GUEST POST – Surly Joe
I’m looking for some simple truth or maybe at least a shared emotion. Seven years is a long time to be a friend and then decide one night to no longer be a friend. The reason can be unreasonable to me but the decision didn’t come from my head so it doesn’t really matter. So my search for the simple truth or at least the shared emotion begins in literature where thousands of writers much more creative and intuitive than me have written on millions of subjects more creatively and intuitively than I ever will. Somewhere in the vastness, there have to be words that will matter.
I could do a Google search. That would be the quick way. But melancholy seems more fitting to candlelight than cursor-light and so I scour my book shelves the old-fashioned way, looking to Rilke or Poe or Dickinson or Shakespeare. They’re genius but, for whatever reason, just not exact for this moment.
And I go back to Leonard Cohen and rediscover eight lone words in a three-line poem:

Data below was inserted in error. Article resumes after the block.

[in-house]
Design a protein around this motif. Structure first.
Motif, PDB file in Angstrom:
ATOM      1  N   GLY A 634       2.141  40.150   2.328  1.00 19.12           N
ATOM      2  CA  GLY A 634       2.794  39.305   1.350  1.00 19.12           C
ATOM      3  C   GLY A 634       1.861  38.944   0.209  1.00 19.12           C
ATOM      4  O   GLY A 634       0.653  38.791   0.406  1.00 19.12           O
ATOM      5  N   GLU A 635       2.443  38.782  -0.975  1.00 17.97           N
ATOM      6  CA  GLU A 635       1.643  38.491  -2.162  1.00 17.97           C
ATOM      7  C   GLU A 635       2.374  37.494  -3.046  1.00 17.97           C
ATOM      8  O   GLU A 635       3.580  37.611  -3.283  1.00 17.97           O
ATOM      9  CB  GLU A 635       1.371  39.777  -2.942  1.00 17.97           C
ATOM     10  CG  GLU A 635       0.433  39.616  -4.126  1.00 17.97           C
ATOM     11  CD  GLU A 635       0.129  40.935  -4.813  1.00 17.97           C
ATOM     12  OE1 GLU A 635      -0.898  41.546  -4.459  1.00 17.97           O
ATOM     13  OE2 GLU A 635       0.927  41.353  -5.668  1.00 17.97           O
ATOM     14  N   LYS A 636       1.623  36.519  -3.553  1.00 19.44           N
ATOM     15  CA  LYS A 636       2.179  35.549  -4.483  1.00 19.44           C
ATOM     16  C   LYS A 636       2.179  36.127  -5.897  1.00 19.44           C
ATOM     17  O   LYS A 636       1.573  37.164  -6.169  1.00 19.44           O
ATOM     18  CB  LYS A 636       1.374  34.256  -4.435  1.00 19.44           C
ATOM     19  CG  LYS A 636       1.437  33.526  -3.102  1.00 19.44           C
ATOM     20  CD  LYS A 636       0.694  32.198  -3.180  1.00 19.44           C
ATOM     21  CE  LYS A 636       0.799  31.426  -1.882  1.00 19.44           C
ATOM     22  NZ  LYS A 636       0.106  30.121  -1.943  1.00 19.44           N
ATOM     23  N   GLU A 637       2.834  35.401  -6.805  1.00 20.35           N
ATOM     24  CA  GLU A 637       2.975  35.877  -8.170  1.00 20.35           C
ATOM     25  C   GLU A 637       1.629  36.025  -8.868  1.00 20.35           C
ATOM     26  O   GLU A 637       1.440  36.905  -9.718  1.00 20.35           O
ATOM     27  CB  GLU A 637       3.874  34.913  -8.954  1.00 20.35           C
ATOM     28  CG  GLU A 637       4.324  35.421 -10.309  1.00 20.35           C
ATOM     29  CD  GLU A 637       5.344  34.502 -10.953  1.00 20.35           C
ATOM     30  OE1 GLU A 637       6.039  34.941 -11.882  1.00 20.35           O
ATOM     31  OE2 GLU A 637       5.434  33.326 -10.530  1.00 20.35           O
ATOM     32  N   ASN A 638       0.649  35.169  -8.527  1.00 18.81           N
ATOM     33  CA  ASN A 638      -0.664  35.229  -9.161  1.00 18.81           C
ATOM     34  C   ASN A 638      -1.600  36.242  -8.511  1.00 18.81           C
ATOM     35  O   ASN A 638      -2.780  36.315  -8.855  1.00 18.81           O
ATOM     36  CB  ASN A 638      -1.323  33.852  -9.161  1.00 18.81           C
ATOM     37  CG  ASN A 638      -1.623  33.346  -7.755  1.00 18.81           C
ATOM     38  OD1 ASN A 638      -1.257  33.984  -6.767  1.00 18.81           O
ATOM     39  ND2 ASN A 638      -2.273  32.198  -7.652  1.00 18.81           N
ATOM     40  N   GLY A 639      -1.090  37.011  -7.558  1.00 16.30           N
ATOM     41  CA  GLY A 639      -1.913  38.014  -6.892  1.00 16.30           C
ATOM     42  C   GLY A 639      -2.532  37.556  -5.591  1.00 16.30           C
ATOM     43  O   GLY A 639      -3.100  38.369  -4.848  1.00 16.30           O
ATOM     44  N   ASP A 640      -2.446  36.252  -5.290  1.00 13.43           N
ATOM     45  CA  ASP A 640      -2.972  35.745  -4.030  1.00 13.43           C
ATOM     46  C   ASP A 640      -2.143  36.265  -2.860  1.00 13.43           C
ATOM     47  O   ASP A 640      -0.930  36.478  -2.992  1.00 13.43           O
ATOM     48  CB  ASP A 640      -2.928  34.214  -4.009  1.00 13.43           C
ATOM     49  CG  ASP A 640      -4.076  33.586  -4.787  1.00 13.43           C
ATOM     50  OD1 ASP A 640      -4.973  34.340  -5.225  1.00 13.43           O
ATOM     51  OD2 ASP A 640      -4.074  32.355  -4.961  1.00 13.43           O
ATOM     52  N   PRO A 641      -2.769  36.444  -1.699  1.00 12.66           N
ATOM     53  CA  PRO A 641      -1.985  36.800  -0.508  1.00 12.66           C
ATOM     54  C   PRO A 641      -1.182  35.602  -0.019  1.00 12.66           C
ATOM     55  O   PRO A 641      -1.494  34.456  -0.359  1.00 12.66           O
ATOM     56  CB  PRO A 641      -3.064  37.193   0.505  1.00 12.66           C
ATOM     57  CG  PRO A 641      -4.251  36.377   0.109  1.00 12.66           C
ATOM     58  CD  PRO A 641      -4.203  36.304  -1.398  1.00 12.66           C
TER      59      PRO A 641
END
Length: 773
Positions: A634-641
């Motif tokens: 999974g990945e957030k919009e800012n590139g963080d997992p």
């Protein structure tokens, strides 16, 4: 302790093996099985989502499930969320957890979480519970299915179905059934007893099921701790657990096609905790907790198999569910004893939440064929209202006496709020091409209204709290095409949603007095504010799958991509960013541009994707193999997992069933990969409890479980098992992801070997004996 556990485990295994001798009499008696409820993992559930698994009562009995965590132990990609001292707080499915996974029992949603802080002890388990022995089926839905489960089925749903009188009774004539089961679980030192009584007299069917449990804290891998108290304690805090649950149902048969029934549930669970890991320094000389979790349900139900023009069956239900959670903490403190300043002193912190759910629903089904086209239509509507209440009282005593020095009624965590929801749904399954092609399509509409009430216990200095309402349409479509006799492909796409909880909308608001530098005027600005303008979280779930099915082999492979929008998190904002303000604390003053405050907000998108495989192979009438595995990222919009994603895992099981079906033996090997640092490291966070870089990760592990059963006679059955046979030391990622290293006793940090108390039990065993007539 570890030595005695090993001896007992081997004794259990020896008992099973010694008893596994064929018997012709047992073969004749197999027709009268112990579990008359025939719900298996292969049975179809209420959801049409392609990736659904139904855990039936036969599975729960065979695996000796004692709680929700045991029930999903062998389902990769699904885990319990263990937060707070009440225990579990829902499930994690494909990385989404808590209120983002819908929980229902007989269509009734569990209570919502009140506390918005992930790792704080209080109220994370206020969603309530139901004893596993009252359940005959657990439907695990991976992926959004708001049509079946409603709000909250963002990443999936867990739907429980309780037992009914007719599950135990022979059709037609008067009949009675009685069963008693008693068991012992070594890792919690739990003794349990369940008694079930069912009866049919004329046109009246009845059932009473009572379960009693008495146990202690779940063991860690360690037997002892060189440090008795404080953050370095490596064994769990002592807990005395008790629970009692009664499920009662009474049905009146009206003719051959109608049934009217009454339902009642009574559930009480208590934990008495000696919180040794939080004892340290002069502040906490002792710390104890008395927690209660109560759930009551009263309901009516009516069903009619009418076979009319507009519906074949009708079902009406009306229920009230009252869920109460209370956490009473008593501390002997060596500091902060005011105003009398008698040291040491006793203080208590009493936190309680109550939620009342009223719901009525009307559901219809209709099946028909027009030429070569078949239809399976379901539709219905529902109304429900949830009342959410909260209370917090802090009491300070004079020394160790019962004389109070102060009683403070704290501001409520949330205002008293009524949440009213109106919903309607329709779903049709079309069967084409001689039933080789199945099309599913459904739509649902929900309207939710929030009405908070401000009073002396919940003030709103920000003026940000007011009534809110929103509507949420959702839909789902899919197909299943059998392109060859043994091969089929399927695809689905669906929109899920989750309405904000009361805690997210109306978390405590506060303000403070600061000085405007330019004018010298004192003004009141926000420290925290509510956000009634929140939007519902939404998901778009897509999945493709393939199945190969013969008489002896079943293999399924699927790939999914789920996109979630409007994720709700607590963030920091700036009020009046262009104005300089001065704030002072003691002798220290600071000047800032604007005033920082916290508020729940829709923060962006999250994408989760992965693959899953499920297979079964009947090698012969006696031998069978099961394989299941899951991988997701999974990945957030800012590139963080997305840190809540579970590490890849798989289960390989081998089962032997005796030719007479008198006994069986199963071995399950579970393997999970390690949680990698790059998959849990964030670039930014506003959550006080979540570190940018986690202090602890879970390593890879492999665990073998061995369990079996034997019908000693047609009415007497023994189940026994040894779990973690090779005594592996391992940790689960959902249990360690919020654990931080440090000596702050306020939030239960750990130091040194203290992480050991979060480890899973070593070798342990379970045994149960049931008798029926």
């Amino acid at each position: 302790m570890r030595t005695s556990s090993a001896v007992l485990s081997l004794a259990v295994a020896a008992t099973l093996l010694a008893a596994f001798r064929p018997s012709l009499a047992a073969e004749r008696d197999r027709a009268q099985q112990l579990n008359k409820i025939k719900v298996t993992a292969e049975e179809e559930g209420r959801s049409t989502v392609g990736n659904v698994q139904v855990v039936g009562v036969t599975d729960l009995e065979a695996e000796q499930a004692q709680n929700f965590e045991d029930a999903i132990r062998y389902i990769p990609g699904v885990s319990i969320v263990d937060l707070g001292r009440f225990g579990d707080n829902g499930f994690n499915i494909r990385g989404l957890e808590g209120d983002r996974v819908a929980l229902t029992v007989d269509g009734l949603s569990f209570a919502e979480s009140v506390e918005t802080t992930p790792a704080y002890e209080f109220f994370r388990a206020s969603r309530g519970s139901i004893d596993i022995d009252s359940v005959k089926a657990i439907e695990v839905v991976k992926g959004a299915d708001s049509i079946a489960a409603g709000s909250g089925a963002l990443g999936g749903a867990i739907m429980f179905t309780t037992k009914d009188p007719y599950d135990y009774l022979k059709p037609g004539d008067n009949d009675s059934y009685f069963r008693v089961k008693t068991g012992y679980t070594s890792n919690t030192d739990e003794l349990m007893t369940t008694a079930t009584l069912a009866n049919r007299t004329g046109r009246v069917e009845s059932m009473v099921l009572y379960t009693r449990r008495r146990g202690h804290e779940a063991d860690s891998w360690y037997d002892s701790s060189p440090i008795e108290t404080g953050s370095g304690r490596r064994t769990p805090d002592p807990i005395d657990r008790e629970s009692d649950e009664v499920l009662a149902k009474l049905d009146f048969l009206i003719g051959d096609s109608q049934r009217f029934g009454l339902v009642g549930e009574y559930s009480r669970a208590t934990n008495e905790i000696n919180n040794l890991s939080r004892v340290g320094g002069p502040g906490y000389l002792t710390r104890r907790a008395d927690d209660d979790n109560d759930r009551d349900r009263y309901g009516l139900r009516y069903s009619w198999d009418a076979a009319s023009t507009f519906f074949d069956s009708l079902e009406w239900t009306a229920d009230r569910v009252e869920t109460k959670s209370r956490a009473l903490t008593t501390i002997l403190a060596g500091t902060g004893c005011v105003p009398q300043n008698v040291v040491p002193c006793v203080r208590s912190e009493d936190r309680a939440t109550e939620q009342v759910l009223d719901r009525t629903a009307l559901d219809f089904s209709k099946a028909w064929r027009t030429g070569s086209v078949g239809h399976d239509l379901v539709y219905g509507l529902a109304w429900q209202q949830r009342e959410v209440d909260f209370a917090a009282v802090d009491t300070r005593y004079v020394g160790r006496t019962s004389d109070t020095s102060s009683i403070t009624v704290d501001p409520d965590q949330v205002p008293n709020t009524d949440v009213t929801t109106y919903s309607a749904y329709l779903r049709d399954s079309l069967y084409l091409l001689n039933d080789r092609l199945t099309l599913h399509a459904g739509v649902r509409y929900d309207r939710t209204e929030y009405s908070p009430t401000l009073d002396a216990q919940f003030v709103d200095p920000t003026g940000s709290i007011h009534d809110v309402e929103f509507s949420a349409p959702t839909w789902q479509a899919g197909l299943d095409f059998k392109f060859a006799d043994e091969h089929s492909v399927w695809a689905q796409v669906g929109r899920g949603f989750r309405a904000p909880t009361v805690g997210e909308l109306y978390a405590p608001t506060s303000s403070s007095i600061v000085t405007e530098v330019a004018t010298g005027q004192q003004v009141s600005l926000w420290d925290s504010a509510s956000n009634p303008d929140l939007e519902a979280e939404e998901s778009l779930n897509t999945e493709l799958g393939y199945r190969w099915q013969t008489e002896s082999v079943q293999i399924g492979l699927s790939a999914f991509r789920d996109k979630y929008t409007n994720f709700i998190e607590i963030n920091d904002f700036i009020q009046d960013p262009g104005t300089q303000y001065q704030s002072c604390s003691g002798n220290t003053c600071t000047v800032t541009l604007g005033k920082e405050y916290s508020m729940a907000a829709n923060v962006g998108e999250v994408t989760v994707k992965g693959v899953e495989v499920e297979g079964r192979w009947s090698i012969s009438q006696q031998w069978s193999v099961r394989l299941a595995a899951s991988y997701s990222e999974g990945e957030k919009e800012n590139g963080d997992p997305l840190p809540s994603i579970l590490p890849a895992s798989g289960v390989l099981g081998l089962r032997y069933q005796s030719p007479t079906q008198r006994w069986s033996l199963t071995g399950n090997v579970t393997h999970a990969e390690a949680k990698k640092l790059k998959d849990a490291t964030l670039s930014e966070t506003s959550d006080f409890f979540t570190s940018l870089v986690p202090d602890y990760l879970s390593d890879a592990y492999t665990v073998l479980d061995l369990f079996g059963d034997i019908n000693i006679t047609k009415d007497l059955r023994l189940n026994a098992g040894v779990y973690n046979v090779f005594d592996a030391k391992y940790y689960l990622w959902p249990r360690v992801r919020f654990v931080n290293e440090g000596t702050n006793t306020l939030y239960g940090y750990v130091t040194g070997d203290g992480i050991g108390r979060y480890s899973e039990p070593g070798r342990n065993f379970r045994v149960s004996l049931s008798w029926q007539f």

PLEASE FIND ME I AM ALMOST 30
It’s childlike innocence from the mind of a hurting adult. How did I get in this situation? There’s no understanding of why he is alone. Was it a decision he made long ago now regretted? Has he admired from afar but never received reciprocity? And he feels so old, despite the number, despite not even being middle-aged. Irrationally, time is running out, I AM ALMOST 30.
This is the melancholy that fits me now, expressed so simply. I’m not asking to be found, just wondering why I was discarded. But it’s the shared emotion that suits.
It makes it all just a bit less lonely.
ABOUT THE AUTHOR
Leonard Norman Cohen is a Canadian singer-songwriter, poet and novelist. Cohen published his first book of poetry in Montreal in 1956 and his first novel in 1963.
Cohen’s earliest songs (many of which appeared on the 1968 album Songs of Leonard Cohen) were rooted in European folk music melodies and instrumentation, sung in a high baritone. The 1970s were a musically restless period in which his influences broadened to encompass pop, cabaret, and world music. Since the 1980s he has typically sung in lower registers (bass baritone, sometimes bass), with accompaniment from electronic synthesizers and female backing singers.
His work often explores the themes of religion, isolation, sexuality, and complex interpersonal relationships.